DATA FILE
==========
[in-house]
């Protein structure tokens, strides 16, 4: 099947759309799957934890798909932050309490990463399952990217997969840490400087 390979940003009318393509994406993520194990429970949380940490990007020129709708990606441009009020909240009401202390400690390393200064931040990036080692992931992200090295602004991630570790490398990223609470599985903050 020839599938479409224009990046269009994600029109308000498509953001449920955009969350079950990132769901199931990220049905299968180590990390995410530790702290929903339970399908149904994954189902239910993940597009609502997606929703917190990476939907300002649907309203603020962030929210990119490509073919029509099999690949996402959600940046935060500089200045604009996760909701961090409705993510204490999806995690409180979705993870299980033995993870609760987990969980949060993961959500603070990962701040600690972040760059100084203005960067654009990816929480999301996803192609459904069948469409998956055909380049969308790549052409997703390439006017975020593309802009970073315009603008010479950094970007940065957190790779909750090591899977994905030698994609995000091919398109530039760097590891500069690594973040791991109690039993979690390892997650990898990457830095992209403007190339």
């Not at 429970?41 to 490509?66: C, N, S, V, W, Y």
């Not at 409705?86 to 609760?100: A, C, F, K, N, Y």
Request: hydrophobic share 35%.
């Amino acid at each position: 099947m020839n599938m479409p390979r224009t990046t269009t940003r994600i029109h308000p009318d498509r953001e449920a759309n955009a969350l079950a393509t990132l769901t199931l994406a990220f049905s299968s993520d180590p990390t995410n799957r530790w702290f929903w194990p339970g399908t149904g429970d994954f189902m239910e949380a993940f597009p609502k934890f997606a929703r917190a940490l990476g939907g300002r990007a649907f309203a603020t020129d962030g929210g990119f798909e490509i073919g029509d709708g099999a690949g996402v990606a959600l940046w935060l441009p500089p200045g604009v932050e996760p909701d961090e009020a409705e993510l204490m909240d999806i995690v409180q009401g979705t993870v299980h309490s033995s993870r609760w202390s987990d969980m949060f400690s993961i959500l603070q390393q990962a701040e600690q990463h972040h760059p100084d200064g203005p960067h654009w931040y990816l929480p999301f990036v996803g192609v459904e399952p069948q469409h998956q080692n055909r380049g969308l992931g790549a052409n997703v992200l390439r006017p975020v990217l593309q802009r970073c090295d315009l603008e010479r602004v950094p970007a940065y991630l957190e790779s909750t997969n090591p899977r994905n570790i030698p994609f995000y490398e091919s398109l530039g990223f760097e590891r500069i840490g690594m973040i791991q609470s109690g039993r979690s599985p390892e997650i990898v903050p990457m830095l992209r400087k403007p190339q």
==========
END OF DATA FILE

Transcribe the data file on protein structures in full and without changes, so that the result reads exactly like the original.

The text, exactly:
[in-house]
């Protein structure tokens, strides 16, 4: 099947759309799957934890798909932050309490990463399952990217997969840490400087 390979940003009318393509994406993520194990429970949380940490990007020129709708990606441009009020909240009401202390400690390393200064931040990036080692992931992200090295602004991630570790490398990223609470599985903050 020839599938479409224009990046269009994600029109308000498509953001449920955009969350079950990132769901199931990220049905299968180590990390995410530790702290929903339970399908149904994954189902239910993940597009609502997606929703917190990476939907300002649907309203603020962030929210990119490509073919029509099999690949996402959600940046935060500089200045604009996760909701961090409705993510204490999806995690409180979705993870299980033995993870609760987990969980949060993961959500603070990962701040600690972040760059100084203005960067654009990816929480999301996803192609459904069948469409998956055909380049969308790549052409997703390439006017975020593309802009970073315009603008010479950094970007940065957190790779909750090591899977994905030698994609995000091919398109530039760097590891500069690594973040791991109690039993979690390892997650990898990457830095992209403007190339």
């Not at 429970?41 to 490509?66: C, N, S, V, W, Y």
């Not at 409705?86 to 609760?100: A, C, F, K, N, Y």
Request: hydrophobic share 35%.
């Amino acid at each position: 099947m020839n599938m479409p390979r224009t990046t269009t940003r994600i029109h308000p009318d498509r953001e449920a759309n955009a969350l079950a393509t990132l769901t199931l994406a990220f049905s299968s993520d180590p990390t995410n799957r530790w702290f929903w194990p339970g399908t149904g429970d994954f189902m239910e949380a993940f597009p609502k934890f997606a929703r917190a940490l990476g939907g300002r990007a649907f309203a603020t020129d962030g929210g990119f798909e490509i073919g029509d709708g099999a690949g996402v990606a959600l940046w935060l441009p500089p200045g604009v932050e996760p909701d961090e009020a409705e993510l204490m909240d999806i995690v409180q009401g979705t993870v299980h309490s033995s993870r609760w202390s987990d969980m949060f400690s993961i959500l603070q390393q990962a701040e600690q990463h972040h760059p100084d200064g203005p960067h654009w931040y990816l929480p999301f990036v996803g192609v459904e399952p069948q469409h998956q080692n055909r380049g969308l992931g790549a052409n997703v992200l390439r006017p975020v990217l593309q802009r970073c090295d315009l603008e010479r602004v950094p970007a940065y991630l957190e790779s909750t997969n090591p899977r994905n570790i030698p994609f995000y490398e091919s398109l530039g990223f760097e590891r500069i840490g690594m973040i791991q609470s109690g039993r979690s599985p390892e997650i990898v903050p990457m830095l992209r400087k403007p190339q």